I don’t know why I always go for vodka when I want to get drunk quickly because I hate the stuff. I gasp and gag as it burns its way down my throat. The fact is, though, that it does the job better and faster than any other drink I’ve tried. So I suppress a shudder of distaste and take another swig, mentally tapping Lee on the shoulder as I do so. There is no real reason to draw his attention to what I am doing, I am just being malicious. The thought mingles with adrenaline and the beginnings of drunkenness to make me giggle.
“Well, what did you expect?” I sneer at him, ignoring the anger and frustration he’s throwing my way, “My flatmates think I’ve lost the plot because of you and now I can’t even leave my home because of the mess you’ve made. You need to understand: You are not welcome.” Frustration fills my soul as I hurl my thoughts at him, but it isn’t all mine. He’s still trying to get me to back down; trying to convince me that he can’t escape this any more than I can. I don’t believe him though. Lola swings between blaming Lee and blaming the consciousness study. I just blame him. How can two people end up entwined like this unless at least one of them wanted it? In the back of my mind I can hear him trying to reason with me; to explain that he never asked for this to happen and he hates it just as much as I do.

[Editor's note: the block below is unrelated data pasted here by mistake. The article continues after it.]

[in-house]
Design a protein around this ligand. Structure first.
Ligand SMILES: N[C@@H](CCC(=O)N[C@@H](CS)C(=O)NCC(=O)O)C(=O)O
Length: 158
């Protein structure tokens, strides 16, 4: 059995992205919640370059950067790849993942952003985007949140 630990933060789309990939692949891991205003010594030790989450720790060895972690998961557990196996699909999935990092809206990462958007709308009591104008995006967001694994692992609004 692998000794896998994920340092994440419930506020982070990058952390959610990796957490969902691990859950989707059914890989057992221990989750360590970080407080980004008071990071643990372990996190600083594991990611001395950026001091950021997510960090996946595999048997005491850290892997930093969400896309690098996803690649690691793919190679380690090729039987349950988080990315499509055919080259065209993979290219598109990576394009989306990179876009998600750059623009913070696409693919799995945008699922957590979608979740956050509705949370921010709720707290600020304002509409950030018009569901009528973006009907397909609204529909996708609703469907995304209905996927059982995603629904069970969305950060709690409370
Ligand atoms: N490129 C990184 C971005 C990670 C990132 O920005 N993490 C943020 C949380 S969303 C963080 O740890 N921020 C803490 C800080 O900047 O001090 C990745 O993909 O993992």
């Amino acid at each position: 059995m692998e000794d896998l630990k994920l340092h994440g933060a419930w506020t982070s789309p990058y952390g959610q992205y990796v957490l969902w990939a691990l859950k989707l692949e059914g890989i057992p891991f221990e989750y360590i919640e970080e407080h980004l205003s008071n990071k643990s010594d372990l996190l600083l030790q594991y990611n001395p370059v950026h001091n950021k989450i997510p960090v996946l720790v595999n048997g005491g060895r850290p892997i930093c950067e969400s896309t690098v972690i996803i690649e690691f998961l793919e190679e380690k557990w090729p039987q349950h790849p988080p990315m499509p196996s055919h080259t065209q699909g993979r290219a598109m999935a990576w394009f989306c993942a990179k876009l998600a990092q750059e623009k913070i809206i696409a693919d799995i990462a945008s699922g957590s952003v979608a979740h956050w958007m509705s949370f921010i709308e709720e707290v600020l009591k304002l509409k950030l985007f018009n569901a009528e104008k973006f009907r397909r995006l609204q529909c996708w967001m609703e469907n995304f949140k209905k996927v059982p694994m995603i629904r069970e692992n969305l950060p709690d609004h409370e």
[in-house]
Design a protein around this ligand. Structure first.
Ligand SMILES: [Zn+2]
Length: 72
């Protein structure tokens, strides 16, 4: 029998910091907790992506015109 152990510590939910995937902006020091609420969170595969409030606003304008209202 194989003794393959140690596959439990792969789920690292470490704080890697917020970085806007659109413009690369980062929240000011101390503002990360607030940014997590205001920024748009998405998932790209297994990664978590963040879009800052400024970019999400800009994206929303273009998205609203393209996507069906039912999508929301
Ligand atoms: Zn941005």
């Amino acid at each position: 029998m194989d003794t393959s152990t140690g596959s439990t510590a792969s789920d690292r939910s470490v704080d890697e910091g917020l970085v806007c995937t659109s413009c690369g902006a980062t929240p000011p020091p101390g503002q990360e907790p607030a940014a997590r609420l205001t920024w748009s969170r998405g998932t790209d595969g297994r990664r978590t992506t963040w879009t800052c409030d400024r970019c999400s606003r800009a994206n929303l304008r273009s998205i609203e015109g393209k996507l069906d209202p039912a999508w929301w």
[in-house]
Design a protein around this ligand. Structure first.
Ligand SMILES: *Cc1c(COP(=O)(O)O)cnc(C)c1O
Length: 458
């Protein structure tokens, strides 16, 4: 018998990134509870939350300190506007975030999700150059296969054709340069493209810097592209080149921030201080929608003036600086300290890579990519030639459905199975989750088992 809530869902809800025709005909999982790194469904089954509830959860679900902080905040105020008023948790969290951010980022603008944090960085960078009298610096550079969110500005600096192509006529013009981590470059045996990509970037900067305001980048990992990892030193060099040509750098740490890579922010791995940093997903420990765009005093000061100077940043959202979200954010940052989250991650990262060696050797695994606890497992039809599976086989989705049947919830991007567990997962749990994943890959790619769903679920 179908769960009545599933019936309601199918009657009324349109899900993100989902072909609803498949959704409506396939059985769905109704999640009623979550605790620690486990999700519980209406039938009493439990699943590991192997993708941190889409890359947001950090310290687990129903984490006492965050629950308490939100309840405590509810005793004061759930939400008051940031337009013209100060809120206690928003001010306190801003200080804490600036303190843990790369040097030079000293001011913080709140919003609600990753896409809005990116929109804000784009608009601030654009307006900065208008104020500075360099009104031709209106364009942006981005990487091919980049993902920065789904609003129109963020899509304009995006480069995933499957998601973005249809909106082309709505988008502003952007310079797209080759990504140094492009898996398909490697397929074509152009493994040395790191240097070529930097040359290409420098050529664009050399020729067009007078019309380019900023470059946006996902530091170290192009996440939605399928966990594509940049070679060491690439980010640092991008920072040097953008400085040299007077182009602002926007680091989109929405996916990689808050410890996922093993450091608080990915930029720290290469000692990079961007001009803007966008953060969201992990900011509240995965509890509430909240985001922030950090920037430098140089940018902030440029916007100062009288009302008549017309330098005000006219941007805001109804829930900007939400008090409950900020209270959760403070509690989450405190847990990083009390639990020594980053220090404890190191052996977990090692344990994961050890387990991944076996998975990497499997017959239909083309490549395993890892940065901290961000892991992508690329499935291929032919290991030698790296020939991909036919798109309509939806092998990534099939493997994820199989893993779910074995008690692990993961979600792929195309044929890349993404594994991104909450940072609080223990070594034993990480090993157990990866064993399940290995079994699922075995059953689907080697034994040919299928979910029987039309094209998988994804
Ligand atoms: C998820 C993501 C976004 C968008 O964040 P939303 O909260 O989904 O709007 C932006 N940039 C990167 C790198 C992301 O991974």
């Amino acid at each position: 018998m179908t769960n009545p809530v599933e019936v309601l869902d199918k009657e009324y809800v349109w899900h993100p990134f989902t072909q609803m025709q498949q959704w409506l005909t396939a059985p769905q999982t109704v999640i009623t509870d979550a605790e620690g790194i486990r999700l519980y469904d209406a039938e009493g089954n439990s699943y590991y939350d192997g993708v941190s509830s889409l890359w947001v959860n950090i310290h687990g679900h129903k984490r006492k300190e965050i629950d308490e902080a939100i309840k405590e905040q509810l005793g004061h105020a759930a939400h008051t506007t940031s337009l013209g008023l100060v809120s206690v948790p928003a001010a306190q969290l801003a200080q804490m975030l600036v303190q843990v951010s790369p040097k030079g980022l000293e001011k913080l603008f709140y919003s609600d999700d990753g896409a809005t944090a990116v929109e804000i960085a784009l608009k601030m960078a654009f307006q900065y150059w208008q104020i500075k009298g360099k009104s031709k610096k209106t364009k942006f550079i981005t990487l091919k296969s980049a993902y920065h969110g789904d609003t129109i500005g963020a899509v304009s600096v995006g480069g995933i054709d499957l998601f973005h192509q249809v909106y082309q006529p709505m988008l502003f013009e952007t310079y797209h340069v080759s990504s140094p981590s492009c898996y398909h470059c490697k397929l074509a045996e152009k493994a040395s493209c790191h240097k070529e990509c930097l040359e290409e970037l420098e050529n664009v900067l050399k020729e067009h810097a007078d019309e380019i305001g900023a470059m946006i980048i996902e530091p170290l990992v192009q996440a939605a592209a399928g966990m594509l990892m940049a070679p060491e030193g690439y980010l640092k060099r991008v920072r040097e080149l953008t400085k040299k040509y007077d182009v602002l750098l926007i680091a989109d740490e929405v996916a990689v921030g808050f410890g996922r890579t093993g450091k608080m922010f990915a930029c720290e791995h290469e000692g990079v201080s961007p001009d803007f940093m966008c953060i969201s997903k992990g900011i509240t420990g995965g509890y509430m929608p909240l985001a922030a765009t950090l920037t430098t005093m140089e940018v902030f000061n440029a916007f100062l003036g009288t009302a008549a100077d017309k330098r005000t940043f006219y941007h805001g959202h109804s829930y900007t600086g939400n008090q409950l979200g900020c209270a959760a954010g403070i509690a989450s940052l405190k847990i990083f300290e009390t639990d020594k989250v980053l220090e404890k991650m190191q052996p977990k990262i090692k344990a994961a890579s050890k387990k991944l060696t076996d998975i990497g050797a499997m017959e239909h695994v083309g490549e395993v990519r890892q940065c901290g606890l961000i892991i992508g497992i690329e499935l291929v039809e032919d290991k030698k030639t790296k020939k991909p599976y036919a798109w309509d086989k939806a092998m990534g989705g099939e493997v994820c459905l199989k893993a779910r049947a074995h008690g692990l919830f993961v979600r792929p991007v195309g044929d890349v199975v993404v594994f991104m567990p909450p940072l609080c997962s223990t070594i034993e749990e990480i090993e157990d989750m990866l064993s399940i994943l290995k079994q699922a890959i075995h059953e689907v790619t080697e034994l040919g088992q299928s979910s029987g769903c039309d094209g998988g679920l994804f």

“Please!” I’ve never heard him beg before and the force of his entreaty causes me to turn around, to pay him proper attention. “Please,” he repeats, quieter this time “Please, I know I haven’t made this easy for you either. I have done some awful things to you, I know that and I’m sorry. If I could leave I would, but I’m stuck the same as you and I really need this job.” I can feel his remorse, he makes no attempt to suppress it so it washes through me with enough force that I waver; I almost stop. Then I feel the hope that follows it, mingled with dread but also with triumph and instead of convincing me to stop, it only strengthens my resolve.
“How dare you!” I throw back at him, full of self-righteous indignation. “I begged for you to stop toying with my mind, but you treat it like your own personal playground. You humiliated me and threw all my failures, all my guilt back in my face. Now you want me to play nice, because for once I might be able to hurt you? The time for sorry is long gone, Lee. If you meant it you’d have said it when you had nothing to gain but my respect.” I pause, looking over at my MP3 player “what kind of music do you hate?” The hope and triumph disappear as I stumble, laughing, over to it, with a vague sense of relief that at least the girls aren’t in to witness this. I know that I’ve sunk to a new low here, the vodka is starting to take hold and I just want to curl up and cry, but I need to do this. He did it to me fast enough and I am tired of listening to him whining about being friends now that the worm has turned. I wonder briefly if I should have tried tequila instead of vodka, then scroll through for the 1980’s novelty hits compilation my sister put together for me. I switch off the lights and begin to dance like a freak as “Agadoo” begins to boom out of the poor, abused speakers.